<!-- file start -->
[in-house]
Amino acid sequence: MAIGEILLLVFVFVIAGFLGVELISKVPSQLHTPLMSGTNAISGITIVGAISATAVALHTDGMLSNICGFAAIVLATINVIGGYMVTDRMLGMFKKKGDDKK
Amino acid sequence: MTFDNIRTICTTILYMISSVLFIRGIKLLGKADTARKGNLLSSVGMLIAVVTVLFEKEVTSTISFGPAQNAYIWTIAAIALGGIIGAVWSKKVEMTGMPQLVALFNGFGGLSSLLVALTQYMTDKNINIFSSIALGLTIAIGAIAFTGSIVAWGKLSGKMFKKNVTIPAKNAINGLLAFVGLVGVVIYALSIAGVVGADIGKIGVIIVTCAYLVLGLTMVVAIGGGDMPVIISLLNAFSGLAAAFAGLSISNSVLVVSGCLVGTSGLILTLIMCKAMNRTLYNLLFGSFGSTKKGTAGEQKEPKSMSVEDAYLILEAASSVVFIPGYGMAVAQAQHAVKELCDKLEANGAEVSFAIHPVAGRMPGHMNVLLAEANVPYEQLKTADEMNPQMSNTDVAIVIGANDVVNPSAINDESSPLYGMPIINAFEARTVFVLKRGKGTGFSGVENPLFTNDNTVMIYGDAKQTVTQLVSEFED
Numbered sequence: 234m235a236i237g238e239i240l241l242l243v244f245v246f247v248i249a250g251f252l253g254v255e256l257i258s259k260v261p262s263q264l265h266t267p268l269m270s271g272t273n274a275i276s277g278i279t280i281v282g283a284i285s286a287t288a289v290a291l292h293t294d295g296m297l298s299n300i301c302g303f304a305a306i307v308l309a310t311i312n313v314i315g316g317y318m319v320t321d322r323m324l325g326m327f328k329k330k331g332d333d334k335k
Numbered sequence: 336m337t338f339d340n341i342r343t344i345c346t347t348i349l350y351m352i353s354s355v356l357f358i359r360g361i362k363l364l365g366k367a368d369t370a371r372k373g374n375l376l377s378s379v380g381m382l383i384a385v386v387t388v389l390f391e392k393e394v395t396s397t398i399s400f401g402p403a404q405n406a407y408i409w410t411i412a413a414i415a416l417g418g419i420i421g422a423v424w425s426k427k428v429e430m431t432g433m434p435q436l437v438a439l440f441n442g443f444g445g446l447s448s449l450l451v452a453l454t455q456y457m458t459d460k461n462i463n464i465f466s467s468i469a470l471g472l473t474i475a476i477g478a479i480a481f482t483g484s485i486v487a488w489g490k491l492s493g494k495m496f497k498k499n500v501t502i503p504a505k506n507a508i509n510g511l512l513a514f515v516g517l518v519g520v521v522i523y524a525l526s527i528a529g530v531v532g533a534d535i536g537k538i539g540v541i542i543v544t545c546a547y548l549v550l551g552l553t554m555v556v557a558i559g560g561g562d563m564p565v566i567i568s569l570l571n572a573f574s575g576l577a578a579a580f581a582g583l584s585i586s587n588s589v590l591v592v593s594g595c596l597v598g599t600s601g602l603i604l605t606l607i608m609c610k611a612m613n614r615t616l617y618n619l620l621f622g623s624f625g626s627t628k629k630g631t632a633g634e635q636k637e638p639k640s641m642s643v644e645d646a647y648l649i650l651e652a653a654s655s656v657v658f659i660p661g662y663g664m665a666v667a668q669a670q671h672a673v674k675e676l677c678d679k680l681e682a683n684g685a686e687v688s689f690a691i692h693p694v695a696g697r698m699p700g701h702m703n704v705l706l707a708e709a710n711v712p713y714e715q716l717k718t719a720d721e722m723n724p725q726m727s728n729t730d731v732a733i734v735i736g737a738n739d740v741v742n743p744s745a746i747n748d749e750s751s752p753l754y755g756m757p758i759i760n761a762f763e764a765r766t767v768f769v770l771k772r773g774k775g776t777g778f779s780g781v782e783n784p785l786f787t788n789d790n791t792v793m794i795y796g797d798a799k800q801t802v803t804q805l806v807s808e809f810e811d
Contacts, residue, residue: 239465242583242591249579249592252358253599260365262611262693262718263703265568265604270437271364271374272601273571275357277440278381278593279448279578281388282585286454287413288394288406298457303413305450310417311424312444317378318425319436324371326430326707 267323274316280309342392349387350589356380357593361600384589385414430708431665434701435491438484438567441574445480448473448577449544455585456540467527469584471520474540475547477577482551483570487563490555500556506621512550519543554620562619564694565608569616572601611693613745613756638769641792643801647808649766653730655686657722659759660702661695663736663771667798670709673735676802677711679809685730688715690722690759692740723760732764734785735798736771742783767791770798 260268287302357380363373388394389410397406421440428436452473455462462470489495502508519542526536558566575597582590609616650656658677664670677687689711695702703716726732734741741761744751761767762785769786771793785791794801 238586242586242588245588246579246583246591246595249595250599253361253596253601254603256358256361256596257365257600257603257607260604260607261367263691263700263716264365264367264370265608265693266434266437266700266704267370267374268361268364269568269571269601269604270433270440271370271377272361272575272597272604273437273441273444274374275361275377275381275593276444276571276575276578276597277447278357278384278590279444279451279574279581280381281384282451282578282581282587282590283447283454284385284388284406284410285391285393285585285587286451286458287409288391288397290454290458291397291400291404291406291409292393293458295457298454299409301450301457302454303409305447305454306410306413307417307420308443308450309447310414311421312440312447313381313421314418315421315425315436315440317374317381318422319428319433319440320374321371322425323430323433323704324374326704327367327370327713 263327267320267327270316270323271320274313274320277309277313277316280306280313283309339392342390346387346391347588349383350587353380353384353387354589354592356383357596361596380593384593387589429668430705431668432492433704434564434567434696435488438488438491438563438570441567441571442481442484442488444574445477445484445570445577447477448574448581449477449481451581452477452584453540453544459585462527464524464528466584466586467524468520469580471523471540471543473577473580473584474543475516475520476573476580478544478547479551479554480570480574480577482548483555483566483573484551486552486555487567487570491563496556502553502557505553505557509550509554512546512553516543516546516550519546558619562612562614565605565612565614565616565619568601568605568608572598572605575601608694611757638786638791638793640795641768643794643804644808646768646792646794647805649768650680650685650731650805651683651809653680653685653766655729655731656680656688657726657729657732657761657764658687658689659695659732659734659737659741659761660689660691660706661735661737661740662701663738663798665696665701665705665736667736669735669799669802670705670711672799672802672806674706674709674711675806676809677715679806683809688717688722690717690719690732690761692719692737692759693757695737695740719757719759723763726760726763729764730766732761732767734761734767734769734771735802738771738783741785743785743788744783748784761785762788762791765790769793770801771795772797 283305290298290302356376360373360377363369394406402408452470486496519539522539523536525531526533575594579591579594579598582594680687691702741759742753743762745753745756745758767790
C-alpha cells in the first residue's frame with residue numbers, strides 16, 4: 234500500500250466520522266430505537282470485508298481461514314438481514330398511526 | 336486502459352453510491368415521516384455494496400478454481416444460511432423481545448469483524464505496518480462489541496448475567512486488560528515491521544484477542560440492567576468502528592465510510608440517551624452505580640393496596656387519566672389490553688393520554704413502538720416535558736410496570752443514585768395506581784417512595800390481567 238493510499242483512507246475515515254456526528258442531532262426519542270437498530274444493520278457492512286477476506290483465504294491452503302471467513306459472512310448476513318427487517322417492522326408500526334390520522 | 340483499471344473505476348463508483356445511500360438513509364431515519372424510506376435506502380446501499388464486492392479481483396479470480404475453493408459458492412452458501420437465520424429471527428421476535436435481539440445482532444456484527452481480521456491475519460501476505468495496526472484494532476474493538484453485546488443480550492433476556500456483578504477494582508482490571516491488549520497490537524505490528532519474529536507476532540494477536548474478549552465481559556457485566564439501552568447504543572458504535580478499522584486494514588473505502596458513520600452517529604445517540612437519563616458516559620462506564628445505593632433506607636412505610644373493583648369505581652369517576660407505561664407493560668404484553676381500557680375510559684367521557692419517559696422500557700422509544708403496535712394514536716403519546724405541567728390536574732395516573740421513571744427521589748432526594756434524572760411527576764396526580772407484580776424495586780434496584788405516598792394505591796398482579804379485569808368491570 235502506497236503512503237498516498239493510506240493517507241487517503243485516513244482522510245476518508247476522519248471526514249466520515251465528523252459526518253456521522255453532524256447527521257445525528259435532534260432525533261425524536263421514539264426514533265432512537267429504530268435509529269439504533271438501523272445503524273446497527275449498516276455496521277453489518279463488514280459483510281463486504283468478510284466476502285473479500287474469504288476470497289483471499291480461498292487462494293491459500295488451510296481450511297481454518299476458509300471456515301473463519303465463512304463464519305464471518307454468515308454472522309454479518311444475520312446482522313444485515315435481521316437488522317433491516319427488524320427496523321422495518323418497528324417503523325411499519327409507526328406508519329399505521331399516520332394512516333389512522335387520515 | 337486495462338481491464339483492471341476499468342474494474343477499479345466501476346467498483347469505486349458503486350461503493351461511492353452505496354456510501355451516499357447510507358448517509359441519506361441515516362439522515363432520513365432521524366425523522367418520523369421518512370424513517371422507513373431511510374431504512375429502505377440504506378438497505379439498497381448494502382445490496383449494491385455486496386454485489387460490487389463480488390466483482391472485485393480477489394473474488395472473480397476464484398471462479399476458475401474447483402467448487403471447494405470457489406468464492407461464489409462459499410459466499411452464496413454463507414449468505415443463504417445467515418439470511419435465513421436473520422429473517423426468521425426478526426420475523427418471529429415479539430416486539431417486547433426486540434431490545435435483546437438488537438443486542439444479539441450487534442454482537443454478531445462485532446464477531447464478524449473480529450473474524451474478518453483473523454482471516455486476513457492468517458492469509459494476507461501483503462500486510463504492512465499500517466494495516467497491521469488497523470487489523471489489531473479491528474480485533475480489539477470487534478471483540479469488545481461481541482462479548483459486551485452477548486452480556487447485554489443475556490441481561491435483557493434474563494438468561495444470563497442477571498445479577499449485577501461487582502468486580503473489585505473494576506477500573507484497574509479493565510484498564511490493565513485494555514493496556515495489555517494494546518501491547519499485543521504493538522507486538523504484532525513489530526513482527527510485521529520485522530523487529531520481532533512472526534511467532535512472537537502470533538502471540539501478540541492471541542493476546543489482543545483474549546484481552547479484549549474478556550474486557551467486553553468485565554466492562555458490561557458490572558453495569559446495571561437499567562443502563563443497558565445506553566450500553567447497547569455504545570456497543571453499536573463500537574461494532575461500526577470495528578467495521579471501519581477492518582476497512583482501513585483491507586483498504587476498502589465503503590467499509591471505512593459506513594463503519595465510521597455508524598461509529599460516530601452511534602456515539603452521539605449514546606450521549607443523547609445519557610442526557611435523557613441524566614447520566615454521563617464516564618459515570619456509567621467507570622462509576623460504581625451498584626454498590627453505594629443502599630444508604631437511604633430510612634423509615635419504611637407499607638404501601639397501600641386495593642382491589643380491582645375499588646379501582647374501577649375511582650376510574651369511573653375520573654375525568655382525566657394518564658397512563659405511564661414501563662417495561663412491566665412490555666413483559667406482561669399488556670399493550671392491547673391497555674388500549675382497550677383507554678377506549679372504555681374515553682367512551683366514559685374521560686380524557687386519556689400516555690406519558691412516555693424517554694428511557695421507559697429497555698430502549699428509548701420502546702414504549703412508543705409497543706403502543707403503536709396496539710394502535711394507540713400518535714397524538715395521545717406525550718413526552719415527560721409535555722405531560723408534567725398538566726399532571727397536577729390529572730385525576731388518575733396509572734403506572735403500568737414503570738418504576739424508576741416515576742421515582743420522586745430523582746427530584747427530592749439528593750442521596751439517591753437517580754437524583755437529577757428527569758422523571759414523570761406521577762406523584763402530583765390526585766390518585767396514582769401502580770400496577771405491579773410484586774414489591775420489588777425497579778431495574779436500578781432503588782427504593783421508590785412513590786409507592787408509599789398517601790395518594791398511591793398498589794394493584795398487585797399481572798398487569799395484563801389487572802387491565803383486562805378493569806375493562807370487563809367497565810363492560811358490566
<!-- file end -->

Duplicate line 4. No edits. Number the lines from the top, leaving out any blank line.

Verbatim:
Numbered sequence: 234m235a236i237g238e239i240l241l242l243v244f245v246f247v248i249a250g251f252l253g254v255e256l257i258s259k260v261p262s263q264l265h266t267p268l269m270s271g272t273n274a275i276s277g278i279t280i281v282g283a284i285s286a287t288a289v290a291l292h293t294d295g296m297l298s299n300i301c302g303f304a305a306i307v308l309a310t311i312n313v314i315g316g317y318m319v320t321d322r323m324l325g326m327f328k329k330k331g332d333d334k335k